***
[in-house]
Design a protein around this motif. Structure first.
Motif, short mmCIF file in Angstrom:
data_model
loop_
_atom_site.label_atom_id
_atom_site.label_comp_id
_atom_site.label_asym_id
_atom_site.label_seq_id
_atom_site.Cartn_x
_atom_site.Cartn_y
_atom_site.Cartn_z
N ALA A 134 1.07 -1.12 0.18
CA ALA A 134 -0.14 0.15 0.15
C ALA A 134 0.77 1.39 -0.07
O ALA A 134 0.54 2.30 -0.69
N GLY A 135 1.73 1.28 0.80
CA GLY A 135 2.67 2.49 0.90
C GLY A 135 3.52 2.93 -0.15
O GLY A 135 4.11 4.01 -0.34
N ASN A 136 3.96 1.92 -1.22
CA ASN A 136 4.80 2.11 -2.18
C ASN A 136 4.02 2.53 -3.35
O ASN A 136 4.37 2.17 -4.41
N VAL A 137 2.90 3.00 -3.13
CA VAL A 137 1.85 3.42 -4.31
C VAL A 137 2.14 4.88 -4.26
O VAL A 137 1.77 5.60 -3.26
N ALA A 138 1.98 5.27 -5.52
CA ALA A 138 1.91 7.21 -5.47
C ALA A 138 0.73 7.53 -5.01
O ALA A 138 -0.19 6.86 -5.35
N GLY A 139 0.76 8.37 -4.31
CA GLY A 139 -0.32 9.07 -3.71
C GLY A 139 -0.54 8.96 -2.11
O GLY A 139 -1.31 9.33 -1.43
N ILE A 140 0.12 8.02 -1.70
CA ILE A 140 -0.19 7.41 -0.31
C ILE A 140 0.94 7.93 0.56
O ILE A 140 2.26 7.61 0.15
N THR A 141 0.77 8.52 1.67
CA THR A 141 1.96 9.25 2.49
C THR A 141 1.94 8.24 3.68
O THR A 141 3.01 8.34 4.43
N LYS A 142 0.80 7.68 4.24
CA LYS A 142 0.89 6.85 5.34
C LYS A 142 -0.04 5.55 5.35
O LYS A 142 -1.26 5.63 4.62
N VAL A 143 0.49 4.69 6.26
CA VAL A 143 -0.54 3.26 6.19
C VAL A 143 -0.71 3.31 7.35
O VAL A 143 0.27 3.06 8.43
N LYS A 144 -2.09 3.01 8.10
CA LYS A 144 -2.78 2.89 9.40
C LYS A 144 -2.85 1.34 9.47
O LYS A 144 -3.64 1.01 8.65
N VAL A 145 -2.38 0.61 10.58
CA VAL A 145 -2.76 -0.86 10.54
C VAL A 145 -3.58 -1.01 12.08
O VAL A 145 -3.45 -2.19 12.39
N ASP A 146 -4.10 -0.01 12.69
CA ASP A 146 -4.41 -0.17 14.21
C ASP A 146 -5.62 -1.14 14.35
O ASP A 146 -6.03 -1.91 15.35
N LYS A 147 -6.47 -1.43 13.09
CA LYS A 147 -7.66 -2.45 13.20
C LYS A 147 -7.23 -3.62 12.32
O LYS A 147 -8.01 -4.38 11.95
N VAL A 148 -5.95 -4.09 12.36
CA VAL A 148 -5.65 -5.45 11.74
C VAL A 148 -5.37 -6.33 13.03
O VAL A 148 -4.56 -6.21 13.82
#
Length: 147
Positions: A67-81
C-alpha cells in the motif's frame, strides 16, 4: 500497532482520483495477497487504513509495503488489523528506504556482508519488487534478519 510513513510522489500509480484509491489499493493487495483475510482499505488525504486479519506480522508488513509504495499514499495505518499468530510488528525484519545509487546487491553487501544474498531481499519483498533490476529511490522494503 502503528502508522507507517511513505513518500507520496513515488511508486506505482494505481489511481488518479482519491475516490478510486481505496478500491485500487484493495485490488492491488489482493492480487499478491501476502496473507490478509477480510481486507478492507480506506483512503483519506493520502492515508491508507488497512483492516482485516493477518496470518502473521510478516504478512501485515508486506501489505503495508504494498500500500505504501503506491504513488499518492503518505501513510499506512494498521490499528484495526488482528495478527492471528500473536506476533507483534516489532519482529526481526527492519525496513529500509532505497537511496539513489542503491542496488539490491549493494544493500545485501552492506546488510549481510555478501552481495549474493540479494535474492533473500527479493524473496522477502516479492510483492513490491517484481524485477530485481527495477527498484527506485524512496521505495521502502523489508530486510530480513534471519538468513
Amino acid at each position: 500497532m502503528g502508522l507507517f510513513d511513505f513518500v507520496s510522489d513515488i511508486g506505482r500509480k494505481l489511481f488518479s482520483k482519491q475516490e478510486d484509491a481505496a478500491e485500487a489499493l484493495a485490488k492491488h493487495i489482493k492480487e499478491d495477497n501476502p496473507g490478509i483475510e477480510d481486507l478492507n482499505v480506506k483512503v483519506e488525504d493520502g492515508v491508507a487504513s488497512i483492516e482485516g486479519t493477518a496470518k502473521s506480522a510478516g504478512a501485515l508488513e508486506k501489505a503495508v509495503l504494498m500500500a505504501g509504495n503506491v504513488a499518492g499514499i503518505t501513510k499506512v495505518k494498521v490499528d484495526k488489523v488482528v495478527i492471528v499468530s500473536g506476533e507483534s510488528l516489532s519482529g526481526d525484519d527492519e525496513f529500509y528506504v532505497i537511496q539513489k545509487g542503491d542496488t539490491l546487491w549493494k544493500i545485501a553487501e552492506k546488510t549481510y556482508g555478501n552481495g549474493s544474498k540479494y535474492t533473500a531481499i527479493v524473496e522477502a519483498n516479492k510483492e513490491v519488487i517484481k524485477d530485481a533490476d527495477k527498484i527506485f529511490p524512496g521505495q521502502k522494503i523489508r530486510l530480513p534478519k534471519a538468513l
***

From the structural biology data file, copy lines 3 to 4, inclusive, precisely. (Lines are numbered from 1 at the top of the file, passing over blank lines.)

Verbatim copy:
Motif, short mmCIF file in Angstrom:
data_model